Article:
The Role Of A Shared Kitchen

Meet Travis and learn his incredible true story. Travis worked as front-end manager at a food co-op around the time a much-loved artisan bread-baker stopped supplying his wares to the store. Oh, the complaints Travis had to listen to from faithful bread customers! As he listened, an idea formed in his mind: He, Travis, would fill this gap. He would learn to bake bread. He wasted no time. He tested recipes in his home kitchen, while studying for his certified food manager’s certification. Next, he fulfilled every requirement he needed to set himself up in the bread-baking business. Thoroughly committed to this huge lifestyle change.  Stay tuned to find out how the role a shared kitchen played in Travis’s Bread-Baking Business.

The Role a Shared Kitchen Played in Travis's Bread-Baking Business

The way to a customer’s heart

Travis handed out bread samples to staff and to customers he had befriended and asked for feedback. Their comments and suggestions helped him tweak, and improve, each recipe. He started taking orders. A mere 20, at first, at $5 per loaf.  Word spread, and demand grew. But his home kitchen did not and could not. The entrepreneur worked out an arrangement with his employer, the food co-op, to use their commercial kitchen when it wasn’t in use, and they would buy all that he baked.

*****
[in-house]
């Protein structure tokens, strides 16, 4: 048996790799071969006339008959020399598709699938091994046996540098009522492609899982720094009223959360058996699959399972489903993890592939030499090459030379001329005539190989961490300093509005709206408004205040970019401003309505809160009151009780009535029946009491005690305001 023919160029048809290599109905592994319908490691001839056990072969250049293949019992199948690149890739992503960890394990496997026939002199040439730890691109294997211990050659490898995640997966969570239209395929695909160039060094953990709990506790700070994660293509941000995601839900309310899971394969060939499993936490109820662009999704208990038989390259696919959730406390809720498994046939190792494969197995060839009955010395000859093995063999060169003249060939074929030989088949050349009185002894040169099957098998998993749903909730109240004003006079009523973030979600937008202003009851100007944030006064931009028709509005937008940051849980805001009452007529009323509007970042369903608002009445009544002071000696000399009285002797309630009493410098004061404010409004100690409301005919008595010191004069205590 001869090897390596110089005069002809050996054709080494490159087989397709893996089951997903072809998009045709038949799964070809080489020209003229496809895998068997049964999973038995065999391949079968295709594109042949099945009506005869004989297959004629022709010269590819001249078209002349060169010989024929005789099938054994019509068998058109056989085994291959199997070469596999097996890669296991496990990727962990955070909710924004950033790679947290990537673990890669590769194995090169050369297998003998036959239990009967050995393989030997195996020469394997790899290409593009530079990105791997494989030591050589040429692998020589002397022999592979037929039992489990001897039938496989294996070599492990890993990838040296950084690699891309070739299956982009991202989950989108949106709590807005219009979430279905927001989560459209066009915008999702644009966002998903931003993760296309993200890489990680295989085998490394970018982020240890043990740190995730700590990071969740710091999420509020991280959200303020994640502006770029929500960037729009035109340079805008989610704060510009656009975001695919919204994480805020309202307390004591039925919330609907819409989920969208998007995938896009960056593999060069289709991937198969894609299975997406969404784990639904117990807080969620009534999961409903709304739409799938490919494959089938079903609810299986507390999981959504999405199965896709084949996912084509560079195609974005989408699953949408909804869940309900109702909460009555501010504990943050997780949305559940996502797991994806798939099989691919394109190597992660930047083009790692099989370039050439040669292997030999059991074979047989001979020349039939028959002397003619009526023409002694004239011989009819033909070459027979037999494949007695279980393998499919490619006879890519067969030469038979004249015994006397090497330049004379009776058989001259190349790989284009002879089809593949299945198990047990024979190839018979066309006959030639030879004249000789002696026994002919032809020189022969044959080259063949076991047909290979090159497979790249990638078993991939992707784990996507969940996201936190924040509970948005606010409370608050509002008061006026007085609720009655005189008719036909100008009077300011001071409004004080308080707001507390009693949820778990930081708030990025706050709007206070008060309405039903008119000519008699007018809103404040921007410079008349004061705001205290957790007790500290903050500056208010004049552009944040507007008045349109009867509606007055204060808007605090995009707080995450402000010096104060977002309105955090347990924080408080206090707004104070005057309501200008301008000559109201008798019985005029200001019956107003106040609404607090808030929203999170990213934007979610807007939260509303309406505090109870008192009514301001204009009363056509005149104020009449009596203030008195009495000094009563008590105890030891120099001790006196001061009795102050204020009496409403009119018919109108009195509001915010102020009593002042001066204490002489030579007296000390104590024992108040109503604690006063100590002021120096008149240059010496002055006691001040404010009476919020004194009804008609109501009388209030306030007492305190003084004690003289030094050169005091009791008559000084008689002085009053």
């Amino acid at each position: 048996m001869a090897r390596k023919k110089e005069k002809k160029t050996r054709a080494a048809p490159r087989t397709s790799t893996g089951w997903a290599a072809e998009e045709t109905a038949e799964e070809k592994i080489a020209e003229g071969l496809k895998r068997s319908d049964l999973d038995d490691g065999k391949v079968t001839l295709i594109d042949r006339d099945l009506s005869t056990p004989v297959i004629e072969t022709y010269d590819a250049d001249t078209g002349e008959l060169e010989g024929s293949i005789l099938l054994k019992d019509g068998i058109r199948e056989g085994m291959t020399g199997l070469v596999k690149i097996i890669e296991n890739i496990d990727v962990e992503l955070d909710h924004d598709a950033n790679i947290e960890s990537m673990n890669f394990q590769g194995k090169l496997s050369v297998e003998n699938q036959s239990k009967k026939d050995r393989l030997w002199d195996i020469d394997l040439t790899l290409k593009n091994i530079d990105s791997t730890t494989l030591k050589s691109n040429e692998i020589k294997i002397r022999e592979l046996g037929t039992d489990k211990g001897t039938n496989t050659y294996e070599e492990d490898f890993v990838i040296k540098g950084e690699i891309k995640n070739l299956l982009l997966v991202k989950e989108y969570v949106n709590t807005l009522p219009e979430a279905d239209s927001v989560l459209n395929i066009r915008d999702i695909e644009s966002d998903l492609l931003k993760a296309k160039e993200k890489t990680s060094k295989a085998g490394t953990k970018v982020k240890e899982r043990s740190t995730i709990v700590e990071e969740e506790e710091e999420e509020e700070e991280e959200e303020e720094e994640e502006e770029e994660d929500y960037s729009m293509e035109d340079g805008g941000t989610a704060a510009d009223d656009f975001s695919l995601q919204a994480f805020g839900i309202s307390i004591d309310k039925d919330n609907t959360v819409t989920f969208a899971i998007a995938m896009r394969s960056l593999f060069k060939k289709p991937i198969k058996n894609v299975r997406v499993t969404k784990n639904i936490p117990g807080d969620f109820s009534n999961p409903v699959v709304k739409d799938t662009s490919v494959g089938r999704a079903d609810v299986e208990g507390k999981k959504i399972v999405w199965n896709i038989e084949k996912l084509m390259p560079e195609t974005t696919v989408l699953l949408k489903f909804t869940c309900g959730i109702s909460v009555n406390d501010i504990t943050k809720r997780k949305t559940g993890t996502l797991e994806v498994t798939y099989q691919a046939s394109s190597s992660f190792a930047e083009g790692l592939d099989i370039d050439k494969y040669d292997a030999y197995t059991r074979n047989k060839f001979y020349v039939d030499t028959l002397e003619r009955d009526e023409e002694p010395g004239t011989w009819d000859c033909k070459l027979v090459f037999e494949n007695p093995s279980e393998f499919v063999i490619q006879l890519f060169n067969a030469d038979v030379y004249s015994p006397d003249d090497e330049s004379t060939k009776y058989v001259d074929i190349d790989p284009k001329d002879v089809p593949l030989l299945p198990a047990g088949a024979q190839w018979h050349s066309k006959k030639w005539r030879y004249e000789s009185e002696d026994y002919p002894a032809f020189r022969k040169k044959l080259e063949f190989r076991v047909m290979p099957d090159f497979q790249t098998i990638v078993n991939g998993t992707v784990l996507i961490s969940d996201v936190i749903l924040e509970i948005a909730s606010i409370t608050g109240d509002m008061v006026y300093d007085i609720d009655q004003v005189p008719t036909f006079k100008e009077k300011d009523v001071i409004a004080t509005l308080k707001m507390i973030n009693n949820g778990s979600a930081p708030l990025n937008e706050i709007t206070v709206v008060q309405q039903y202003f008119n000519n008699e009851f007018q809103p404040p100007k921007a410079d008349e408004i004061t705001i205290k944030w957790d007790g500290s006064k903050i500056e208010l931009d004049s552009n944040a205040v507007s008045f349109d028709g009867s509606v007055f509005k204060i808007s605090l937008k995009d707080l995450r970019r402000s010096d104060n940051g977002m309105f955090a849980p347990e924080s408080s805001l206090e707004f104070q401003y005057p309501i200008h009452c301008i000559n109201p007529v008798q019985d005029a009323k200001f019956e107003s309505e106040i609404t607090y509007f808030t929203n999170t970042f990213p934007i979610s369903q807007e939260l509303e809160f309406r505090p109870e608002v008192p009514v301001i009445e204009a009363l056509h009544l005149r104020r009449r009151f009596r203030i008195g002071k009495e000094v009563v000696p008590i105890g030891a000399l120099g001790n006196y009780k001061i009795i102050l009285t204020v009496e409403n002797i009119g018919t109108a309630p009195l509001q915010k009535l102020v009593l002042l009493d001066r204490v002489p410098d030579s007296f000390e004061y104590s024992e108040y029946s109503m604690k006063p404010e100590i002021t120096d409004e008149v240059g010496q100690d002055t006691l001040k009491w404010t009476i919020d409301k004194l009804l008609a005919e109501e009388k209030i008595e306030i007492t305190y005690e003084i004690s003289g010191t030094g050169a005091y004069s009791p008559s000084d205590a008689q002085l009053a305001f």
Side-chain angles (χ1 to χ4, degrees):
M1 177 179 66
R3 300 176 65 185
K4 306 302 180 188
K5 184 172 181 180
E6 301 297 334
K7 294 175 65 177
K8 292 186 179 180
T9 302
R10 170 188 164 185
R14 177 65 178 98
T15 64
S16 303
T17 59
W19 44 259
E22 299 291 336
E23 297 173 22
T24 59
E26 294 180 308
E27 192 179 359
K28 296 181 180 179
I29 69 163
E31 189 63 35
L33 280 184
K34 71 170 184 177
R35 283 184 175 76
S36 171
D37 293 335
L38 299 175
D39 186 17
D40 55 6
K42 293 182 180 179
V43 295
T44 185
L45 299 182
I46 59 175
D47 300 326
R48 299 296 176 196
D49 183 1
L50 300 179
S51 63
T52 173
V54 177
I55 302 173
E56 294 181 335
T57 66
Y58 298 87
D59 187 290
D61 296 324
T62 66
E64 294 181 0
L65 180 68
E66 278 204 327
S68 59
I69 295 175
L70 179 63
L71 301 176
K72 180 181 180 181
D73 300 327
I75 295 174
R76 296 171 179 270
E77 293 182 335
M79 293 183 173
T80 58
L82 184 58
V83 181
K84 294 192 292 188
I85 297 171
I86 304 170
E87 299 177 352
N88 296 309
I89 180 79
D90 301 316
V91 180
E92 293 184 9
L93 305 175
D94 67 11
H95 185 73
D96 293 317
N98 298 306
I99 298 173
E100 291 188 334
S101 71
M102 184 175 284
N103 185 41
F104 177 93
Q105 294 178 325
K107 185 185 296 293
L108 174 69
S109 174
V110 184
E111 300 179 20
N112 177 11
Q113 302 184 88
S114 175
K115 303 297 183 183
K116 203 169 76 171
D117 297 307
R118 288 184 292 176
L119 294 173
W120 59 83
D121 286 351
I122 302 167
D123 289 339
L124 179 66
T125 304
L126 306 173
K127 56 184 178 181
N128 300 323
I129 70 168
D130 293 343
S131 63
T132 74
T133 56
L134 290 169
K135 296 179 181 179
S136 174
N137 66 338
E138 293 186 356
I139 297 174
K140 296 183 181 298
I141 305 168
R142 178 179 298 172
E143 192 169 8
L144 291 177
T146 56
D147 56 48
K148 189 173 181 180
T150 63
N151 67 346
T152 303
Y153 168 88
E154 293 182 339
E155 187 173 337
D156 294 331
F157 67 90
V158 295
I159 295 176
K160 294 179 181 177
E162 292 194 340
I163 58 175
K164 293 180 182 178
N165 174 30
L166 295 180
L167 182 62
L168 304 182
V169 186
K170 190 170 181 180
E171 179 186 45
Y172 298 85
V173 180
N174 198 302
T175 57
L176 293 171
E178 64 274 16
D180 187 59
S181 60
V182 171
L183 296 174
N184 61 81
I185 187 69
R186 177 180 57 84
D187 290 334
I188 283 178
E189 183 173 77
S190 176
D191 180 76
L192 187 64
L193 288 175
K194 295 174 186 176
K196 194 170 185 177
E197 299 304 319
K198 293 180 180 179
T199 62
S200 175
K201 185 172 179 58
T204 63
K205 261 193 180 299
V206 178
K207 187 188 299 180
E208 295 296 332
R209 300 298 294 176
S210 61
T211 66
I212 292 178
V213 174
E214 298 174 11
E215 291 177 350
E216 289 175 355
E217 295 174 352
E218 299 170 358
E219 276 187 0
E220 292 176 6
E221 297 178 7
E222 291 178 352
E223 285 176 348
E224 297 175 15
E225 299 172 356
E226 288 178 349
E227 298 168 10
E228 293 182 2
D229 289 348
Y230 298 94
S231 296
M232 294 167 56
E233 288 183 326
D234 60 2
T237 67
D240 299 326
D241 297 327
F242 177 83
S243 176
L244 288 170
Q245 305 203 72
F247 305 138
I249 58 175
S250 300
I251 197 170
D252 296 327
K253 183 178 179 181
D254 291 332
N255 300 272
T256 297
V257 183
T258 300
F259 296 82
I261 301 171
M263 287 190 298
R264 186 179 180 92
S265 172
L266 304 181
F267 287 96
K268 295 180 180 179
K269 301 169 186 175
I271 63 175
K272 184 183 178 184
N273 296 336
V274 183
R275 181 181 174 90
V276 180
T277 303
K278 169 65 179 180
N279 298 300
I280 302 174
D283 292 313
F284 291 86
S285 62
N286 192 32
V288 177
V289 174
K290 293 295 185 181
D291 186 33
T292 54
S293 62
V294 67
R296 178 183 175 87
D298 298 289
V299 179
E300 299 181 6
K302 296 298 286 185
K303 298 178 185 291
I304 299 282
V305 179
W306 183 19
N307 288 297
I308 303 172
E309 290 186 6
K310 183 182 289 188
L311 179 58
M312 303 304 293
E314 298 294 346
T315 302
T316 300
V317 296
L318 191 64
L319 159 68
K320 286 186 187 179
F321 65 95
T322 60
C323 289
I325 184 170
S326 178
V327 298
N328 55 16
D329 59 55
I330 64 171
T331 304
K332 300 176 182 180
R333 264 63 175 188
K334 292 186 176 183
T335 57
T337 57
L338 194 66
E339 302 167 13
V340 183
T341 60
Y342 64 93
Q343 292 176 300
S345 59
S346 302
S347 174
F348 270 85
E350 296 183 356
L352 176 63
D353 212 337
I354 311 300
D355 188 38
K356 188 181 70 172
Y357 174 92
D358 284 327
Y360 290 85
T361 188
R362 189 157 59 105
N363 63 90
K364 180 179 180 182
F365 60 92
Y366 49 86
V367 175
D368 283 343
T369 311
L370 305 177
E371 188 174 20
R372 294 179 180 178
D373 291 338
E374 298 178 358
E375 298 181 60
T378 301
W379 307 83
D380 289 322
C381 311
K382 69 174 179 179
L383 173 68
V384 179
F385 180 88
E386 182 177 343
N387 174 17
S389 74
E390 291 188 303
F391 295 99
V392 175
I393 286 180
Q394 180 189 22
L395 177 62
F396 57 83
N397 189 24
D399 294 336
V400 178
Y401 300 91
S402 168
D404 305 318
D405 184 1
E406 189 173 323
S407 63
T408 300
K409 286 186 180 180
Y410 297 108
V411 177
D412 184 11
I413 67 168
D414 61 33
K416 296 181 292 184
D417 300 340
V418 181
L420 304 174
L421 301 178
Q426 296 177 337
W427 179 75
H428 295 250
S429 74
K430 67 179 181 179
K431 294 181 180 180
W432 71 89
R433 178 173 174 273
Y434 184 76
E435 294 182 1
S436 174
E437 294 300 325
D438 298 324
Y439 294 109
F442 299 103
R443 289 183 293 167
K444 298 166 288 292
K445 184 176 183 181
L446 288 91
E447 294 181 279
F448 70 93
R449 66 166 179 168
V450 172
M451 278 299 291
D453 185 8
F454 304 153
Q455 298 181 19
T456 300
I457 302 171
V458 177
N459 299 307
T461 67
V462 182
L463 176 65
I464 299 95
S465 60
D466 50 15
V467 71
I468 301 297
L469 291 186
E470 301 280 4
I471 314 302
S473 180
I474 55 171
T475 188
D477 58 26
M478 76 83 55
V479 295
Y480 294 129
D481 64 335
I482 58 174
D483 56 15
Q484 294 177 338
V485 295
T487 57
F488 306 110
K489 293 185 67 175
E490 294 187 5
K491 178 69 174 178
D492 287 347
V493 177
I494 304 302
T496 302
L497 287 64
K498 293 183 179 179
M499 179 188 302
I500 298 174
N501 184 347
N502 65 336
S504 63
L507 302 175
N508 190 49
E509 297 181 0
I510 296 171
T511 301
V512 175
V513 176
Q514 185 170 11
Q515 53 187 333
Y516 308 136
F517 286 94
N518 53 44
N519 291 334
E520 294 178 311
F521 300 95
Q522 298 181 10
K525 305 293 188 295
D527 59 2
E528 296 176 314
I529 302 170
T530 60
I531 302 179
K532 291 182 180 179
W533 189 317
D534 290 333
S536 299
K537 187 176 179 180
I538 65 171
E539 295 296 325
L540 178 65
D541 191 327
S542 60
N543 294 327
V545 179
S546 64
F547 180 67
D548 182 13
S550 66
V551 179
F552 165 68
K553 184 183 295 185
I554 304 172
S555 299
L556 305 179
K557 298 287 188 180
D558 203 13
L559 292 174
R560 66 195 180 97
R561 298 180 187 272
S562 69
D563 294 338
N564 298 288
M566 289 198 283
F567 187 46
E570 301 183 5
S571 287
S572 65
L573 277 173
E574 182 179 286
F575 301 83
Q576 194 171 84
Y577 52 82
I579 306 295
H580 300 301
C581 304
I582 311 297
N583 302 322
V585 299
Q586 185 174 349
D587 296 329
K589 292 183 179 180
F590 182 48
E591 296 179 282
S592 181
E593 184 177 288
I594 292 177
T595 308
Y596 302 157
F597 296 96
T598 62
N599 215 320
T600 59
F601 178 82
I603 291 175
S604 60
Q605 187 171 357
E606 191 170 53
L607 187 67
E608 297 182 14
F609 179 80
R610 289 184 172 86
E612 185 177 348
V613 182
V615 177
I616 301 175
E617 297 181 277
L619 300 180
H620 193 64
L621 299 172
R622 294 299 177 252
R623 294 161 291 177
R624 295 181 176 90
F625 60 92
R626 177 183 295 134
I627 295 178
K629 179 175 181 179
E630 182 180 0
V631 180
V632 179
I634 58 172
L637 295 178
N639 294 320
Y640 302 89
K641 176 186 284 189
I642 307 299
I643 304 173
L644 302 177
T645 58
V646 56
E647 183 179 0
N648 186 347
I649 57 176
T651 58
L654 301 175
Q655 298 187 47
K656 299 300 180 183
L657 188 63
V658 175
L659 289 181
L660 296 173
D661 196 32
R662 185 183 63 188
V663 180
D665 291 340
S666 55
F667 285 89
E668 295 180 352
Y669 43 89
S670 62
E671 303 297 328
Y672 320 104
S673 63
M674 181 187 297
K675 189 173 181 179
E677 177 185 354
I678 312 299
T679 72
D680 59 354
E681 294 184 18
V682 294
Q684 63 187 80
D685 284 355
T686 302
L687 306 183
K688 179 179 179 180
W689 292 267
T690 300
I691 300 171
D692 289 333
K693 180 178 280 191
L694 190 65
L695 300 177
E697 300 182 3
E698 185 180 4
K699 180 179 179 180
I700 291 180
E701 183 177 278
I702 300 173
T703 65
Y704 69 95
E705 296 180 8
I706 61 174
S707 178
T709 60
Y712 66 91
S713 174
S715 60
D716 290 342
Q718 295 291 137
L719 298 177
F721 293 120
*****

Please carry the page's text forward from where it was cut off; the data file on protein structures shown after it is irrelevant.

A shared kitchen

Within nine months, Travis’s reputation had exploded. The bread-baker extraordinaire had outgrown his home kitchen, and now the co-op’s kitchen. He would be forced to find a larger space. But where? He heard about a shared kitchen nearby, toured the facility, and signed a short-term lease. He left the food co-op on good terms, continuing to supply them with weekly bread deliveries. Customers hurried in on delivery days to swoop up one or more loaves. After all, everyone loves eating a slice of comfort food, and isn’t that what good bread is? Travis never hesitated to ask for suggestions and feedback from his customers. He wanted them to want his bread. Big growth awaited this one-time food co-op front-end manager. He simply loved what he did – and customers could taste that love in every bite.

Had Travis lived near Plano, Texas…

… he would undoubtedly have found The Cookline, a 6,000-square-foot-kitchen-and-office space, and his business would have grown faster. He would have met with owners Renee and Kevin Spratlen to tour the facility. Since he already had his certified food manager’s certification and he carried general liability insurance — both are required of lessees — he could have signed a six-month lease and paid the $300 deposit (all but $50 is refundable) on the spot. The hard-working Travis would have welcomed a facility open year-round, 24 hours a day, viewing it as a fast-track to the growth he knew was headed his way.

The event room would have appealed to Travis, as well. An affable guy, he likes nothing better than hosting special events. Of course, he would serve his bread to hungry event-goers! Shared kitchens are the ideal way to start a food business. His is thriving, thanks, in part, to the shared kitchen he leased. If you’re looking at starting or expanding a baking or cooking business, contact us.